All three of the long-distance signals of Common Loons play a role in territoriality (Evers et al. 2010). Loons may vocalize predominantly at night because of the acoustic advantages of doing so; transmission data reveal that all three of these vocalizations transmit significantly farther at night (explored in detail below), suggesting that nocturnal vocalizations can reach a significantly larger audience of territorial rivals compared to daytime vocalizations. The cost of physical territorial encounters is very high for loons, often resulting in fatalities (Piper et al. 2008). By communicating their territorial signals with a broader audience during acoustically advantageous nighttime hours, loons may minimize the high costs of direct encounters.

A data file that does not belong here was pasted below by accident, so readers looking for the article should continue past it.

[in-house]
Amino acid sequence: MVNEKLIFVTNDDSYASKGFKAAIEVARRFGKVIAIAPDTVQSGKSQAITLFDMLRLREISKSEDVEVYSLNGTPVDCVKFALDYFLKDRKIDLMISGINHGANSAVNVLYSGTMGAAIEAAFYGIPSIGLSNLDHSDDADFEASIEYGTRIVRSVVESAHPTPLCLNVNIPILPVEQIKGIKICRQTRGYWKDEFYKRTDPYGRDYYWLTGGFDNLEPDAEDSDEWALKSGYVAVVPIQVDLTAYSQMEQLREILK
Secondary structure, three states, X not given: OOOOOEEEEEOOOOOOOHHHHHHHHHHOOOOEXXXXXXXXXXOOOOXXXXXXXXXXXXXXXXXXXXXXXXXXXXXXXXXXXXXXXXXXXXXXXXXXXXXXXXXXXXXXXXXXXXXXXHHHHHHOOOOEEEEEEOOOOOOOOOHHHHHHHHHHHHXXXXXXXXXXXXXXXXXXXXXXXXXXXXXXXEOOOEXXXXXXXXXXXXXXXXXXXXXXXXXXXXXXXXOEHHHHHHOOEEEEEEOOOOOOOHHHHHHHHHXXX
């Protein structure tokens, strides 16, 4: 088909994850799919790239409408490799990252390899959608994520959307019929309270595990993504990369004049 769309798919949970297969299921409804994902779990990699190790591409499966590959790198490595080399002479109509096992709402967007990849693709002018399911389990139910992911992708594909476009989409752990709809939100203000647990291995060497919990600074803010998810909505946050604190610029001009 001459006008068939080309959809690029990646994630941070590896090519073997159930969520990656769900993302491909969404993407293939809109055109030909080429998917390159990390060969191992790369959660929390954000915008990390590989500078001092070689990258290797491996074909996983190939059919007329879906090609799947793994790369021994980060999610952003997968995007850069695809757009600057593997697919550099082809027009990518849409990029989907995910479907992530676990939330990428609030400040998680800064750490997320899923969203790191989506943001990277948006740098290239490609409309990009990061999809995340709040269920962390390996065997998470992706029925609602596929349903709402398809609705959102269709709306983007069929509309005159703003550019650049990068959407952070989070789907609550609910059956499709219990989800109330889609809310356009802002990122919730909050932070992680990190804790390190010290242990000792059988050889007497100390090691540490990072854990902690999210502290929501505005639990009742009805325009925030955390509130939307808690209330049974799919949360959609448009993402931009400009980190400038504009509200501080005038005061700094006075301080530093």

Although hoots were most frequent at night, they were not statistically more likely to occur at night, in contrast to the three long-range calls. In fact, hoots were much less common than the other three vocalizations (compare y-axes for Fig. 3). Hoots are understood to play a role in maintaining acoustic contact between pair members (Evers et al. 2010). The low rates of hoot calls I detected in this study may arise for several reasons. As a contact call, hoots may not be important during the early part of the breeding season when recordings were collected, because the male and female of a mated pair are often in close proximity at this time of year (D. J. Mennill, pers. obs.). Additionally, hoots are a low amplitude signal (Evers et al. 2010) and these quiet calls were likely recorded only when loons were near the microphones, whereas the three long-distance vocalizations were detected regardless of the loons' positions on the lakes.